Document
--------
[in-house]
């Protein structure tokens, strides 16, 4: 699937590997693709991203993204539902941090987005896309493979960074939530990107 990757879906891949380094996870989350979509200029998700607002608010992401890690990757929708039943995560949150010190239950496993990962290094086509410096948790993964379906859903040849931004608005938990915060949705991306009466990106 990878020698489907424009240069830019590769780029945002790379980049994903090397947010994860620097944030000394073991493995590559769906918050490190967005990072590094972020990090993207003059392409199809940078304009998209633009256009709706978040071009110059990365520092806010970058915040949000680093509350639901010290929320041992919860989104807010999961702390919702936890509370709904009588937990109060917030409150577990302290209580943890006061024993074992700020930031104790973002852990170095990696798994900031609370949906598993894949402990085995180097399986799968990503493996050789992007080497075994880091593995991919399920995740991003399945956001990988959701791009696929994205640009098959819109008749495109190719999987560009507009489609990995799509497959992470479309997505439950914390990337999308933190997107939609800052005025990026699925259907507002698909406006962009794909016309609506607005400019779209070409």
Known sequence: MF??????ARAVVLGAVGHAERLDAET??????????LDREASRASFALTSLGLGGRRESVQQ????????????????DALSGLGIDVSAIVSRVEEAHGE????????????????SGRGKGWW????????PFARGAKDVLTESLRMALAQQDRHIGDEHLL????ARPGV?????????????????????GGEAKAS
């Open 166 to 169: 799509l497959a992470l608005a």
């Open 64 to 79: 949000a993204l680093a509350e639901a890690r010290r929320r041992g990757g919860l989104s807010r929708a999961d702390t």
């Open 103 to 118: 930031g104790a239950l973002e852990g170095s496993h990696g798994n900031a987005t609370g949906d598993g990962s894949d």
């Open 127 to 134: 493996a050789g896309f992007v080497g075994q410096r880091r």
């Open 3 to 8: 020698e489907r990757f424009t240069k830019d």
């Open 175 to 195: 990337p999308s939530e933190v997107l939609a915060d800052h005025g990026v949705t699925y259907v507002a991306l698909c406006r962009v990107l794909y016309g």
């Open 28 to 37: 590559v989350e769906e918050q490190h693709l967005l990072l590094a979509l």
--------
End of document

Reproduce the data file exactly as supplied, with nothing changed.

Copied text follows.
[in-house]
């Protein structure tokens, strides 16, 4: 699937590997693709991203993204539902941090987005896309493979960074939530990107 990757879906891949380094996870989350979509200029998700607002608010992401890690990757929708039943995560949150010190239950496993990962290094086509410096948790993964379906859903040849931004608005938990915060949705991306009466990106 990878020698489907424009240069830019590769780029945002790379980049994903090397947010994860620097944030000394073991493995590559769906918050490190967005990072590094972020990090993207003059392409199809940078304009998209633009256009709706978040071009110059990365520092806010970058915040949000680093509350639901010290929320041992919860989104807010999961702390919702936890509370709904009588937990109060917030409150577990302290209580943890006061024993074992700020930031104790973002852990170095990696798994900031609370949906598993894949402990085995180097399986799968990503493996050789992007080497075994880091593995991919399920995740991003399945956001990988959701791009696929994205640009098959819109008749495109190719999987560009507009489609990995799509497959992470479309997505439950914390990337999308933190997107939609800052005025990026699925259907507002698909406006962009794909016309609506607005400019779209070409």
Known sequence: MF??????ARAVVLGAVGHAERLDAET??????????LDREASRASFALTSLGLGGRRESVQQ????????????????DALSGLGIDVSAIVSRVEEAHGE????????????????SGRGKGWW????????PFARGAKDVLTESLRMALAQQDRHIGDEHLL????ARPGV?????????????????????GGEAKAS
């Open 166 to 169: 799509l497959a992470l608005a």
């Open 64 to 79: 949000a993204l680093a509350e639901a890690r010290r929320r041992g990757g919860l989104s807010r929708a999961d702390t």
């Open 103 to 118: 930031g104790a239950l973002e852990g170095s496993h990696g798994n900031a987005t609370g949906d598993g990962s894949d």
């Open 127 to 134: 493996a050789g896309f992007v080497g075994q410096r880091r």
């Open 3 to 8: 020698e489907r990757f424009t240069k830019d």
């Open 175 to 195: 990337p999308s939530e933190v997107l939609a915060d800052h005025g990026v949705t699925y259907v507002a991306l698909c406006r962009v990107l794909y016309g």
């Open 28 to 37: 590559v989350e769906e918050q490190h693709l967005l990072l590094a979509l």